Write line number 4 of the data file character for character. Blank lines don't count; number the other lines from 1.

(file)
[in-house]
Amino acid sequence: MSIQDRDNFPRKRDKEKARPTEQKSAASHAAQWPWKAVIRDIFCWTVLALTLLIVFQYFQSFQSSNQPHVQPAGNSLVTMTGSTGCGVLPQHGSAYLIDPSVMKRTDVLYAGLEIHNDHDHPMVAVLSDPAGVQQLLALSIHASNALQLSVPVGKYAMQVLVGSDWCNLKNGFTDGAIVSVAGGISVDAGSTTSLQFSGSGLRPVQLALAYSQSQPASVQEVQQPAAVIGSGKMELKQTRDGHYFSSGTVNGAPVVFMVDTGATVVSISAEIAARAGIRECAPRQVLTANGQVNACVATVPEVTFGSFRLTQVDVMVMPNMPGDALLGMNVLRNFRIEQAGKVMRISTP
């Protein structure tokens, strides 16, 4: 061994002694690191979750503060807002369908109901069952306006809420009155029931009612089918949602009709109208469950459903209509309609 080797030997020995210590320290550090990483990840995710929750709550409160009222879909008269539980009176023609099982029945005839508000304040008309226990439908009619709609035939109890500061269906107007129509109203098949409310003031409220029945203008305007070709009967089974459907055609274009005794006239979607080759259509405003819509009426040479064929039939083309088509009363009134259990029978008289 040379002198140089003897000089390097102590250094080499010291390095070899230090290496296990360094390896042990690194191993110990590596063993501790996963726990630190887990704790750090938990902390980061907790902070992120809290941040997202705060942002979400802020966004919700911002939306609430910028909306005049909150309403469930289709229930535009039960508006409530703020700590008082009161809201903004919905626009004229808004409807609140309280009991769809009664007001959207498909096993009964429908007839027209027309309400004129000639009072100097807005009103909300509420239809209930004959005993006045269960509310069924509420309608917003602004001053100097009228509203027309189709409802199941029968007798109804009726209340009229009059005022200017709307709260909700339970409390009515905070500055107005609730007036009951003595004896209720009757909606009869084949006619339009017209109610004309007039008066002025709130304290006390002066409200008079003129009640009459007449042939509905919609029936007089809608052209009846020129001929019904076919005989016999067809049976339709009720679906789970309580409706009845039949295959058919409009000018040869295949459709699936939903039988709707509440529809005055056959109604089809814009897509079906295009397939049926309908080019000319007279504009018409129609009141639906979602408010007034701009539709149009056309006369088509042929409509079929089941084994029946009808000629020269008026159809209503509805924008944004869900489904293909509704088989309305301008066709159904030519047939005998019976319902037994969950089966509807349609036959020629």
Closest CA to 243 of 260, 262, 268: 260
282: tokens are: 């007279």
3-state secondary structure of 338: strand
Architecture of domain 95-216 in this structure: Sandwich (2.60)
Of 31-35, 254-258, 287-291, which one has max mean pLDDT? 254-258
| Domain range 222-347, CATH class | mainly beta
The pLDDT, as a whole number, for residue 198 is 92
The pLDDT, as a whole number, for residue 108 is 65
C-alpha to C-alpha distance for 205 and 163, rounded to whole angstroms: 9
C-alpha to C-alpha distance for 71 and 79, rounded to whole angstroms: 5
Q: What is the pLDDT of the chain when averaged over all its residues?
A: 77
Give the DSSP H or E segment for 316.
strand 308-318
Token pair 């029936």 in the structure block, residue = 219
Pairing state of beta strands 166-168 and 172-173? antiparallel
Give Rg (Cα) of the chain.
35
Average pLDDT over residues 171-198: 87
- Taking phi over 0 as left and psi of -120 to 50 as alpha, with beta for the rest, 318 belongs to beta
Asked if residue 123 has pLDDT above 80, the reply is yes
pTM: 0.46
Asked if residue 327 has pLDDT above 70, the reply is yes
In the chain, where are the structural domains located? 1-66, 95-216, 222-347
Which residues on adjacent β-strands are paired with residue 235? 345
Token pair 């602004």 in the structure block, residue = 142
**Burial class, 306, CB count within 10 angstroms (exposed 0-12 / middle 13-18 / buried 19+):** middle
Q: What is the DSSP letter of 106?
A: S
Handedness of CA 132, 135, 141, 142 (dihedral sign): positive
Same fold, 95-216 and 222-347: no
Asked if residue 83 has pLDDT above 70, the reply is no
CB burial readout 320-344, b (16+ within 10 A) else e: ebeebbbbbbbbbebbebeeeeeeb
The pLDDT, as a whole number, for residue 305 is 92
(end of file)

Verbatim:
Closest CA to 243 of 260, 262, 268: 260